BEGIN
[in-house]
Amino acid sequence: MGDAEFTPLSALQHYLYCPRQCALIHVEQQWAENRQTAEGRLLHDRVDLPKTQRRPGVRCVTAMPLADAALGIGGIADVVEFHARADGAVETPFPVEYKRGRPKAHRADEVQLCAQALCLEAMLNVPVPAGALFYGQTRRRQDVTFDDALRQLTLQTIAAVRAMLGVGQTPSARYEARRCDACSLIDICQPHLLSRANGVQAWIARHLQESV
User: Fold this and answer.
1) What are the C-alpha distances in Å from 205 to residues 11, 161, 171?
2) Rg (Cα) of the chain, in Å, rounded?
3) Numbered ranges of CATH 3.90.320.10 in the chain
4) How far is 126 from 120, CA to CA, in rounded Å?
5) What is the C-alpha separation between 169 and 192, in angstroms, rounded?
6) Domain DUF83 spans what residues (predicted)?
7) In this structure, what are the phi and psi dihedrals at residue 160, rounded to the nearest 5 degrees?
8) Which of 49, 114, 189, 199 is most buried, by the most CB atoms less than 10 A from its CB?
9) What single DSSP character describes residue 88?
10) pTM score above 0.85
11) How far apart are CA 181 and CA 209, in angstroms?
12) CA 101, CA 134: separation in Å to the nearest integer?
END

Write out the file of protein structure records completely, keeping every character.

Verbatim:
[in-house]
Amino acid sequence: MGDAEFTPLSALQHYLYCPRQCALIHVEQQWAENRQTAEGRLLHDRVDLPKTQRRPGVRCVTAMPLADAALGIGGIADVVEFHARADGAVETPFPVEYKRGRPKAHRADEVQLCAQALCLEAMLNVPVPAGALFYGQTRRRQDVTFDDALRQLTLQTIAAVRAMLGVGQTPSARYEARRCDACSLIDICQPHLLSRANGVQAWIARHLQESV
User: Fold this and answer.
1) What are the C-alpha distances in Å from 205 to residues 11, 161, 171?
2) Rg (Cα) of the chain, in Å, rounded?
3) Numbered ranges of CATH 3.90.320.10 in the chain
4) How far is 126 from 120, CA to CA, in rounded Å?
5) What is the C-alpha separation between 169 and 192, in angstroms, rounded?
6) Domain DUF83 spans what residues (predicted)?
7) In this structure, what are the phi and psi dihedrals at residue 160, rounded to the nearest 5 degrees?
8) Which of 49, 114, 189, 199 is most buried, by the most CB atoms less than 10 A from its CB?
9) What single DSSP character describes residue 88?
10) pTM score above 0.85
11) How far apart are CA 181 and CA 209, in angstroms?
12) CA 101, CA 134: separation in Å to the nearest integer?